The origin of…Egg

“The key to everything is patience. You get the chicken by hatching the egg, not by smashing it.” Arnold H. Glasow

Post 26 Egg

In many parts of the world people have the tradition to color and decorate eggs. Adults hide the eggs for kids who then go on an Easter egg hunt. This custom of dying eggs may come from ancient times when in Egypt, Greece, Rome and Persia eggs were colored for festivals celebrating the arrival of spring. Then the early Christians stained eggs red in memory of the blood of Christ with the egg shell representing the boulder of the tomb of Jesus. Followers of Eastern Christianity believe that Mary Magdalene brought cooked eggs to share with the other women at the tomb of Jesus. Those eggs turned bright red when she saw the risen Christ.
Another tradition, the egg hunt, is also related to spring and new life, since it is believed that all life comes from an egg and eggs are considered to be the seed of life in the Christian world.
However, these days many children (and probably adults as well) don´t know the origin of Easter celebrations and some just think it is the Easter bunny´s birthday. This has encouraged The Meaningful Chocolate Company, a Christian fair trade group in the UK, to start selling the Real Easter Egg: a chocolate egg that is the “UK’s first and only Fairtrade charity egg to mention Jesus and the events of the Christian period of Holy Week on the box.” Part from the profit is given to the farmers to invest in their community.

But not only in Christian tradition is the egg the beginning of life. In creation myths around the world the egg (world egg, cosmic egg or mundane egg) is the beginning of some sort.
In Ancient Greek mythology, the Orphic Egg is the egg from which the primordial hermaphroditic deity Phanes/Protogonus hatched, who in turn created the god. Often a serpent wound around the egg is portrayed.
In China, in the myth of Pangu developed by Taoist monks, the universe began as an egg. The god Pangu was born inside the egg. He broke it in two halves of which the upper half became the sky and the lower half became the earth. Pangu grew taller and the sky and earth were separated further.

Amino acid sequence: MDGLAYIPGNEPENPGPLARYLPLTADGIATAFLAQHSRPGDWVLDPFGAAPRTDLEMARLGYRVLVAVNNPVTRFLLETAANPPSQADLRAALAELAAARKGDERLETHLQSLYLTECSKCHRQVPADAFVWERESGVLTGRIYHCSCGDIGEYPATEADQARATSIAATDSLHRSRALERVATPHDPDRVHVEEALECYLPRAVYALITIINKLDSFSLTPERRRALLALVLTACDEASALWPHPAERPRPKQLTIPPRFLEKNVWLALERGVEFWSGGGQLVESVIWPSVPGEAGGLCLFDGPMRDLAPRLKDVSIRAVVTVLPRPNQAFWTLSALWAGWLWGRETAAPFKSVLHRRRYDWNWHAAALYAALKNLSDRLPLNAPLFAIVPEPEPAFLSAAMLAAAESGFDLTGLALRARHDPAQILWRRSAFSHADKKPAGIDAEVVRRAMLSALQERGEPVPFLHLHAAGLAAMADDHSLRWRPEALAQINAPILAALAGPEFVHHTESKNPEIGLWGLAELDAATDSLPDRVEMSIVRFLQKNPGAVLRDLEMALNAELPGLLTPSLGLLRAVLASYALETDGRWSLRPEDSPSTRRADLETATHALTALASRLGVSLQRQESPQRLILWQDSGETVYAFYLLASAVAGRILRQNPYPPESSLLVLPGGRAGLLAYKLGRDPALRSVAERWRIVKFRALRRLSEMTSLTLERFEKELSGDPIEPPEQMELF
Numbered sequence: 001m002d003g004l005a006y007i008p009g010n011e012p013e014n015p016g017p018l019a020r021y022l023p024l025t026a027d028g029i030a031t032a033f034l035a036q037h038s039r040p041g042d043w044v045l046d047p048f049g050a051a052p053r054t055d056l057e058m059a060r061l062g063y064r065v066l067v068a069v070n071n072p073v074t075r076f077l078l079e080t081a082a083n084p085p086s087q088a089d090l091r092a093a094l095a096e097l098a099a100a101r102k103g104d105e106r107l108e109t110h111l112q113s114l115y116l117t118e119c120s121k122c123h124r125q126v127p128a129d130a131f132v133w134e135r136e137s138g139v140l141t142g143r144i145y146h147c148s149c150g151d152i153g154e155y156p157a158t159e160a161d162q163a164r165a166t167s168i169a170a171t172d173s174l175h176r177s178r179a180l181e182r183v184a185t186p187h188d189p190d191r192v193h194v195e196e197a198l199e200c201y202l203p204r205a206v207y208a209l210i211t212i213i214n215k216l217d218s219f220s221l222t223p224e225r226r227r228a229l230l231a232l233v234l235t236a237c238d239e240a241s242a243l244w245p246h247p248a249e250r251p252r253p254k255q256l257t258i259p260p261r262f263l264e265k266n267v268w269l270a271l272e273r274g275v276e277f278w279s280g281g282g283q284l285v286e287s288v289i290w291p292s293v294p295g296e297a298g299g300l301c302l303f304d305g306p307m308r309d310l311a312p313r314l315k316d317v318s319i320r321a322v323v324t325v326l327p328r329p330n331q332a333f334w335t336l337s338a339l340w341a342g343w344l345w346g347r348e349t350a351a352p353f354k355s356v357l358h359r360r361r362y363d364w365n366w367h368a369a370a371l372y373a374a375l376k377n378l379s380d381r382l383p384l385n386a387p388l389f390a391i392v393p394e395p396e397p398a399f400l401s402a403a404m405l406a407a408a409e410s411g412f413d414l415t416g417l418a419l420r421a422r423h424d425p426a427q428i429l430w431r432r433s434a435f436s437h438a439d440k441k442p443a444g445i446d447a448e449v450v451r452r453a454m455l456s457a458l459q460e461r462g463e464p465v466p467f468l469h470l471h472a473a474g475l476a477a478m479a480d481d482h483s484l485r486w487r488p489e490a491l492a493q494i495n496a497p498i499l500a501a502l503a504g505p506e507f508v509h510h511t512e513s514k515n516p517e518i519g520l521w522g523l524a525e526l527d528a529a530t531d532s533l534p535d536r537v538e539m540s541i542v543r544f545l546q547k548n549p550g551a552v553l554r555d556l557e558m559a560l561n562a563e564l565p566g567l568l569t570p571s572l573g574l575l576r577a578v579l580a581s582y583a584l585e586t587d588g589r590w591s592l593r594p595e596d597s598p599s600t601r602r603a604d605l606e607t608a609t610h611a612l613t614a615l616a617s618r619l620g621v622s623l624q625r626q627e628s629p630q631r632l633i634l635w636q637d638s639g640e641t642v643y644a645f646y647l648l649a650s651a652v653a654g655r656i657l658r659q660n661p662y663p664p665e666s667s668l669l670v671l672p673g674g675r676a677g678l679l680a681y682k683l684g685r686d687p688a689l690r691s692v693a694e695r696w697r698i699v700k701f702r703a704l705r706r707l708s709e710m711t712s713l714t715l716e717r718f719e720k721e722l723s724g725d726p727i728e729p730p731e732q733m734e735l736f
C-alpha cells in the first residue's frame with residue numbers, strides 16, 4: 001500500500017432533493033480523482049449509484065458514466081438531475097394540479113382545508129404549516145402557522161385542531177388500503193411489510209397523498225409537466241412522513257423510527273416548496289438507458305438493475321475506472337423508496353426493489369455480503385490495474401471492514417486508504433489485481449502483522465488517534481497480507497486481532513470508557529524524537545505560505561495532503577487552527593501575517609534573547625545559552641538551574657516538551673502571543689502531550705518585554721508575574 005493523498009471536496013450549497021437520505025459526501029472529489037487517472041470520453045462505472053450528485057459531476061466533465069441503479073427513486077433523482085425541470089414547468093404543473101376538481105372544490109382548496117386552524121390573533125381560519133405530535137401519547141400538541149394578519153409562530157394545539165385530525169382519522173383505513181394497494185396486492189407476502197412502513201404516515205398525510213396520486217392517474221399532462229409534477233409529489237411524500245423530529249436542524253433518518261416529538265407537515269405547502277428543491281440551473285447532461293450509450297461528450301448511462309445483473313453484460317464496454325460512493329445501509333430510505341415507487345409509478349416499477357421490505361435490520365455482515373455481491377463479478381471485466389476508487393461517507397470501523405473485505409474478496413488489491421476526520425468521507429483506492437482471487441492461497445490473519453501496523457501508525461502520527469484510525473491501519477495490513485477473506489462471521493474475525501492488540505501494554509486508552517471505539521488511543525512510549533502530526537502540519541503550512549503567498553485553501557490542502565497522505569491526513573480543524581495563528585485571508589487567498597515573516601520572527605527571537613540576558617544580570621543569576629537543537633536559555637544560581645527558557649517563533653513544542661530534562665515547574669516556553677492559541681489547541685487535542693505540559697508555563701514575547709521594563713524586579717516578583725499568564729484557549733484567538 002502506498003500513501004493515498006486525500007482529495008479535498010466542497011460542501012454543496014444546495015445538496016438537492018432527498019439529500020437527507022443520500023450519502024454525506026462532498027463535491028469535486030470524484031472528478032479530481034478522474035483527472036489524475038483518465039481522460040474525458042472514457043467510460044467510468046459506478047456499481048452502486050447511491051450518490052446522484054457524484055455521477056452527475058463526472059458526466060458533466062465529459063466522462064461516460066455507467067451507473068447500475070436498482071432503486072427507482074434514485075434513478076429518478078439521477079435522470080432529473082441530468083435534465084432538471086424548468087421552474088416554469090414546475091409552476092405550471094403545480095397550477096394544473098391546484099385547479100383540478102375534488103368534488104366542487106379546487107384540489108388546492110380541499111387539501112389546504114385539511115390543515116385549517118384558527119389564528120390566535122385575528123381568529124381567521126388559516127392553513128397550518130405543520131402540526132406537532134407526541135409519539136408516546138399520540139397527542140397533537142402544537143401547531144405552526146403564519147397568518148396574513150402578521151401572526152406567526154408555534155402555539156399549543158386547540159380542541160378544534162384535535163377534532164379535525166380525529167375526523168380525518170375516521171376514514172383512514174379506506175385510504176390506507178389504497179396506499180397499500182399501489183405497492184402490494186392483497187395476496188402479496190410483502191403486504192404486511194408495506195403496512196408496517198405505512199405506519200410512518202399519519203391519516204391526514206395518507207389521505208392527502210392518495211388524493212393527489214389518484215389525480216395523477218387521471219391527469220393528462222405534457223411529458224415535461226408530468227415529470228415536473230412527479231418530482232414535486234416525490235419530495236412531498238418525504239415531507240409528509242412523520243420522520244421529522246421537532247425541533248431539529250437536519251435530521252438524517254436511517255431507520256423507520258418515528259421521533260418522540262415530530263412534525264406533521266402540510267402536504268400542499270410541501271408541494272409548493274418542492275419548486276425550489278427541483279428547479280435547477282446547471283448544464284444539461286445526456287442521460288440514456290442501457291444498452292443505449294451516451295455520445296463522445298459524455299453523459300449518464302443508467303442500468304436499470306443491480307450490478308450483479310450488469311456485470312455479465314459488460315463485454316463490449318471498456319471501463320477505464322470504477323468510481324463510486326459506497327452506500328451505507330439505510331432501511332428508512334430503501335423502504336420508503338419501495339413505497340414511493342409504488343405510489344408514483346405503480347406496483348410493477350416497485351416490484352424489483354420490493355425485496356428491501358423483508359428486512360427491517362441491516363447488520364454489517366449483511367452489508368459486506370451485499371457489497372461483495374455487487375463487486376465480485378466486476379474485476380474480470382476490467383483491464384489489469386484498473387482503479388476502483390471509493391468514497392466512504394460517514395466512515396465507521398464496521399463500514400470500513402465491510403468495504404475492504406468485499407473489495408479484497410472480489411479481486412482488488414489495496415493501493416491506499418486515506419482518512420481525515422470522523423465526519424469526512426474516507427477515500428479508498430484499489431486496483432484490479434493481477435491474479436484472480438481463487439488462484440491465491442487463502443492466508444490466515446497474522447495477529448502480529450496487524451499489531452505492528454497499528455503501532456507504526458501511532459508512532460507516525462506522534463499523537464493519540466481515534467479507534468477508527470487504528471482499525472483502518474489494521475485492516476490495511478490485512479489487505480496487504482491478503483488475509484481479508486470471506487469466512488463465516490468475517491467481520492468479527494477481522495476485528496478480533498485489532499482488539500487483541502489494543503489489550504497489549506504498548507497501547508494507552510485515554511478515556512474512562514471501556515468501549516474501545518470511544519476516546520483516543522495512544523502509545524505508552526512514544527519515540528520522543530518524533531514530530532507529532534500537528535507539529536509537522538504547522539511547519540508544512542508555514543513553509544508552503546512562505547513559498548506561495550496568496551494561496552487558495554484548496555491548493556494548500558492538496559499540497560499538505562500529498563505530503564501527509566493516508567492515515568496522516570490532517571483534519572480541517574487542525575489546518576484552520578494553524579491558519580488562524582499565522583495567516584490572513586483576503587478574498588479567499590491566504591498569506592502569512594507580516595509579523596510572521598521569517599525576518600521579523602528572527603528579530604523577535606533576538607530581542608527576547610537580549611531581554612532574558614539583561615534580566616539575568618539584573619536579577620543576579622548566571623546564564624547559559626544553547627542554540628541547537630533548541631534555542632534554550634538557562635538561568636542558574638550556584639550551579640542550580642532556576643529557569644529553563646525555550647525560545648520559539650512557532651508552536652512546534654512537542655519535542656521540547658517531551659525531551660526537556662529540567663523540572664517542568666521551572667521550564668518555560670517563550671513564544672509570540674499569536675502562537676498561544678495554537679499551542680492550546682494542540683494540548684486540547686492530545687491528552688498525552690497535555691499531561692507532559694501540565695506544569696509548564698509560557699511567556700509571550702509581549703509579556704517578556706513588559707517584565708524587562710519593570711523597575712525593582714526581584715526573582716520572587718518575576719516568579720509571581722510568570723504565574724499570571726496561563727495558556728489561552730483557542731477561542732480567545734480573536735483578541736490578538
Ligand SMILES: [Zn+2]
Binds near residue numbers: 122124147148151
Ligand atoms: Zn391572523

In West Africa the myth of Amma, the supreme god, tells how he created a cosmic egg. The egg vibrated and opened and the creator spirit was revealed and fell to earth. A female twin and four more pairs of creator spirits followed. Then the sky and the earth, day and night and the seasons were made by these spirits.

1. a hard-shelled oval thing from which a young bird is born; also : an oval or round thing from which a snake, frog, insect, etc., is born
2. the egg of a bird (especially a chicken) eaten as food (source: Merriam Webster).

The English egg comes from Middle English eye, from Old English æg, from Proto-Germanic *ajja, from Proto-Indo-European *owyo-/*oyyo-, all meaning egg and possibly derived from the root *awi-, bird.
Dutch ei, has the same origin.
Spanish huevo and Italian uovo derive from Latin ovum, meaning egg, and related to avis, bird.

Egg in other languages:
Dutch: ei (pl: eieren)
Spanish: el huevo
Italian: l´uovo (pl: le uova)


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